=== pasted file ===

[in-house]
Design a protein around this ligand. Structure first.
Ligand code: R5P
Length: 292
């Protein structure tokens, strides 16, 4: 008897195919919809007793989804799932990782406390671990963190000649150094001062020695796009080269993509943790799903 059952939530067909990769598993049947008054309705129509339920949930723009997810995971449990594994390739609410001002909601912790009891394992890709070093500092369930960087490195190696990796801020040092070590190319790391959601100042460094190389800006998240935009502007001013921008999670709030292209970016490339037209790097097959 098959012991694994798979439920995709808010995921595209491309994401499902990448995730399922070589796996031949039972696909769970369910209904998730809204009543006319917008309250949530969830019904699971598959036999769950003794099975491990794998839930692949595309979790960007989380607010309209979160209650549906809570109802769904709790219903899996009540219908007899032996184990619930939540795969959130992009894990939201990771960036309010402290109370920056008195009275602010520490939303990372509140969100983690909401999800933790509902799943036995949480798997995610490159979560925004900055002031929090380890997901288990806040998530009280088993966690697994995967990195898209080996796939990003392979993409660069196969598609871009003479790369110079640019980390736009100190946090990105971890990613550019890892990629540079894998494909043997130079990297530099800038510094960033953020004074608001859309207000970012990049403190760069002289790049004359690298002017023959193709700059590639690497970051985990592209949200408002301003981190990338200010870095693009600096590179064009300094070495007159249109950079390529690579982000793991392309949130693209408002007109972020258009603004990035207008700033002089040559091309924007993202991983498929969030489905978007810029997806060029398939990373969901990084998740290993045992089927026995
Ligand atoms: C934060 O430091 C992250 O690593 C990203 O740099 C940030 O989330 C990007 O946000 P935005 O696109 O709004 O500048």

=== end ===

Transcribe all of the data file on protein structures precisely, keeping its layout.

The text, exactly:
[in-house]
Design a protein around this ligand. Structure first.
Ligand code: R5P
Length: 292
């Protein structure tokens, strides 16, 4: 008897195919919809007793989804799932990782406390671990963190000649150094001062020695796009080269993509943790799903 059952939530067909990769598993049947008054309705129509339920949930723009997810995971449990594994390739609410001002909601912790009891394992890709070093500092369930960087490195190696990796801020040092070590190319790391959601100042460094190389800006998240935009502007001013921008999670709030292209970016490339037209790097097959 098959012991694994798979439920995709808010995921595209491309994401499902990448995730399922070589796996031949039972696909769970369910209904998730809204009543006319917008309250949530969830019904699971598959036999769950003794099975491990794998839930692949595309979790960007989380607010309209979160209650549906809570109802769904709790219903899996009540219908007899032996184990619930939540795969959130992009894990939201990771960036309010402290109370920056008195009275602010520490939303990372509140969100983690909401999800933790509902799943036995949480798997995610490159979560925004900055002031929090380890997901288990806040998530009280088993966690697994995967990195898209080996796939990003392979993409660069196969598609871009003479790369110079640019980390736009100190946090990105971890990613550019890892990629540079894998494909043997130079990297530099800038510094960033953020004074608001859309207000970012990049403190760069002289790049004359690298002017023959193709700059590639690497970051985990592209949200408002301003981190990338200010870095693009600096590179064009300094070495007159249109950079390529690579982000793991392309949130693209408002007109972020258009603004990035207008700033002089040559091309924007993202991983498929969030489905978007810029997806060029398939990373969901990084998740290993045992089927026995
Ligand atoms: C934060 O430091 C992250 O690593 C990203 O740099 C940030 O989330 C990007 O946000 P935005 O696109 O709004 O500048």